Bulwer Lytton Collection
"It was a dark and stormy night..." Famous now, almost solely for that marvelous opening phrase (the full sentence actually goes on for half a page in it's entirety and is worthy of James or Faulkner). In his time Bulwer Lytton was considered to be the equal of Scott and Dickens. He is another example of what scholars and antiquarian booksellers well know - the melancholy destiny of all but a few of the most famous writers in every age; oblivion. I started a collection of Bulwer 30 years ago for just that reason. I wanted to form a collection of books of an author who had been immensely popular in his time but who was not now greatly sought after by collectors. Therefore his books would still be available, with a large variety of secondary editions and I could hopefully buy over the long term without spending a fortune. Bulwer fit that bill almost perfectly. But like all such initially sound ideas, time proved my task much more difficult. The notion of inexpensive books ended almost immediately when a prominent American colleague offered a large lot of Bulwer first editions rebound in full morocco, which I naturally had to buy. And the common part didn't last much longer. But there was enough obscure, and sometimes mystifying material to afford a lengthy and always interesting search. Bulwer's fame, such as it is now, rests largely on "The Last Days of Pompeii", and the yearly contest run by an academic in California which offers a prize for the worst imaginary beginning sentence based on "It was a dark and stormy night..." And, of course not least the appropriation by Snoopy of that famous line in his philosophical meanderings while he plans his great novel.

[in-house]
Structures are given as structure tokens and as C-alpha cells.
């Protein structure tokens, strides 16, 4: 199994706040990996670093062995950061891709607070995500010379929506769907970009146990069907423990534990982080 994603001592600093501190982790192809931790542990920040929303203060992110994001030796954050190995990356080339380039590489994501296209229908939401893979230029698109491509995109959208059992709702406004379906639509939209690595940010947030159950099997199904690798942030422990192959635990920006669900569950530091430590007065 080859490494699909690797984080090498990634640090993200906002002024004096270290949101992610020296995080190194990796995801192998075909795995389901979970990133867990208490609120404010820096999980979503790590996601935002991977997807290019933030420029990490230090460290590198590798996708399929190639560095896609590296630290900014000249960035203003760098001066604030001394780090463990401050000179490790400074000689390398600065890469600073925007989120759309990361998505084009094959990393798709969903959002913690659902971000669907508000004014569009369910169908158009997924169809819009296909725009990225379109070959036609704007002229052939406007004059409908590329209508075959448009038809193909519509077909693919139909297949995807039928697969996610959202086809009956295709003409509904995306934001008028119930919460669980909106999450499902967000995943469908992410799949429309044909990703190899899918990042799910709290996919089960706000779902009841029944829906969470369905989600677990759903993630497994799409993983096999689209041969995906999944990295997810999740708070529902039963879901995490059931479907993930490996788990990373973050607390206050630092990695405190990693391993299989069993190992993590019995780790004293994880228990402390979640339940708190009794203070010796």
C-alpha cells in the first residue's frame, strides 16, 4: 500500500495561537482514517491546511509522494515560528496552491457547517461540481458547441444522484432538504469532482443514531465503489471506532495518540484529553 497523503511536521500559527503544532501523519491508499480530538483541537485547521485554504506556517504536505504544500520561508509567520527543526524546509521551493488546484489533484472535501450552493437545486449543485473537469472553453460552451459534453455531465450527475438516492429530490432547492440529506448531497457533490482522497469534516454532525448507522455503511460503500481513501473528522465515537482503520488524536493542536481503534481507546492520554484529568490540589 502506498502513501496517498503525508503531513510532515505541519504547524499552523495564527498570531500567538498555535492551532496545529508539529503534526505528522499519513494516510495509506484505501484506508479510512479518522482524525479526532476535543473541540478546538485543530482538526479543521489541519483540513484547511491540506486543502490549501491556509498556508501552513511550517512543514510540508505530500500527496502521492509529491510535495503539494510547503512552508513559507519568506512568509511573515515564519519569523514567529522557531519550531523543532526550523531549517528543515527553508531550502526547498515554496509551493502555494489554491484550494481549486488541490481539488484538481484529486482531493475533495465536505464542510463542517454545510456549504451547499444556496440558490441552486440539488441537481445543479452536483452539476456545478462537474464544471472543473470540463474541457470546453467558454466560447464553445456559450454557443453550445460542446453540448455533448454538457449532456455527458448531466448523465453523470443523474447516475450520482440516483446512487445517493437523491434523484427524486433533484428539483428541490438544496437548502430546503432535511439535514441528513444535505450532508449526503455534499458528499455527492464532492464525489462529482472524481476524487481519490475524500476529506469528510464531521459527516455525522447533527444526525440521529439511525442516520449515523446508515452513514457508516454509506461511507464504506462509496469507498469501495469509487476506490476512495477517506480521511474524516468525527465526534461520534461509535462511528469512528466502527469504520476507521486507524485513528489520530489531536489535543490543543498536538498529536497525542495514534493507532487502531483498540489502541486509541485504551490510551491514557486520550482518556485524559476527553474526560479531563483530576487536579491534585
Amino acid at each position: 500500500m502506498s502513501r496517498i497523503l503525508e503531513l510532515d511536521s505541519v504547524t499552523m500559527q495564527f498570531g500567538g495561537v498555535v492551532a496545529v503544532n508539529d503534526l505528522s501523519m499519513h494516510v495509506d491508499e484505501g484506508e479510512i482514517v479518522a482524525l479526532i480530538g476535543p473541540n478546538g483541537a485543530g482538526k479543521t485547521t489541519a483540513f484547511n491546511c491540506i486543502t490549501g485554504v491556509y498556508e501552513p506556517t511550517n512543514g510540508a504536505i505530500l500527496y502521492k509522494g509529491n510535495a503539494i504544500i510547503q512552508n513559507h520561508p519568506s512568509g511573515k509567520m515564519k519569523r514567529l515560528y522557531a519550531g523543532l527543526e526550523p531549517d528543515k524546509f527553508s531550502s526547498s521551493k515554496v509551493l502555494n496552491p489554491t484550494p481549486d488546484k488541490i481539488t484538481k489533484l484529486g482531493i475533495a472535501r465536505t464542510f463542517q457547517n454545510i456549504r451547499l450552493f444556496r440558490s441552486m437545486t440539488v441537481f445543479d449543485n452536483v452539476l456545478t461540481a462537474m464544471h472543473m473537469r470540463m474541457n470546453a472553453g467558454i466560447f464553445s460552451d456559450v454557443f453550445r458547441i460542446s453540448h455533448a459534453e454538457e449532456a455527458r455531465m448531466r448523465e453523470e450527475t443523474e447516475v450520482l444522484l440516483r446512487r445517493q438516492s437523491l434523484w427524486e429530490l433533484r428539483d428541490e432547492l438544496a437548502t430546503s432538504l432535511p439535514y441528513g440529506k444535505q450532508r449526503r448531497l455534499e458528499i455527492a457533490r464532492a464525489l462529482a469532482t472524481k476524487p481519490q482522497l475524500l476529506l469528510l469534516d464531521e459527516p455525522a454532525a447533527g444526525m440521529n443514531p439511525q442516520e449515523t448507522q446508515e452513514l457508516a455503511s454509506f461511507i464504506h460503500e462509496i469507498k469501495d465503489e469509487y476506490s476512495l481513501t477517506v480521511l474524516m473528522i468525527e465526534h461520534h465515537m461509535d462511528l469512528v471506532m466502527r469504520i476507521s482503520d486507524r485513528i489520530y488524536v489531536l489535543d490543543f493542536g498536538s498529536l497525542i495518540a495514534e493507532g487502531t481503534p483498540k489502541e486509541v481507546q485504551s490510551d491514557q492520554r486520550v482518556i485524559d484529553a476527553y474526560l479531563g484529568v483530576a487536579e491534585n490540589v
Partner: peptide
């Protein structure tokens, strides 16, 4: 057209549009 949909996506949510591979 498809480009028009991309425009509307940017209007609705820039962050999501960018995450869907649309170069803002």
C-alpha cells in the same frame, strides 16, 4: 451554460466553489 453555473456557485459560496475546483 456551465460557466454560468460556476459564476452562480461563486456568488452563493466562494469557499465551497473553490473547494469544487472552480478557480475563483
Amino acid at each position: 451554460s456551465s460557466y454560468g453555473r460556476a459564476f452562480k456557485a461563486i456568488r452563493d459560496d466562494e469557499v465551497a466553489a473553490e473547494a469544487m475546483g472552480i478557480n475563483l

Still, Bulwer is not without merit. Like many of his contemporaries who had to conform to the Victorian publishing format of three volumes, he is a bit wordy (seldom using one adjective when six can do) but one can still read him with amusement. Our collection includes books of his wife (whose divorce scandal aroused partisan passions from such persons as Byron and Harriet Beecher Stowe); his son's books, (who himself became a famous poet under the pseudonym "Owen Meredith" and is now noticed only by scholars of the period) and his brother Henry, a diplomat and historian. Bulwer Lytton's enormous fame is still reflected by the many collected editions of his books churned out in the late 19th century which are still fairly often encountered in bookstores and flea markets but many of his individual novels are not easy to come by.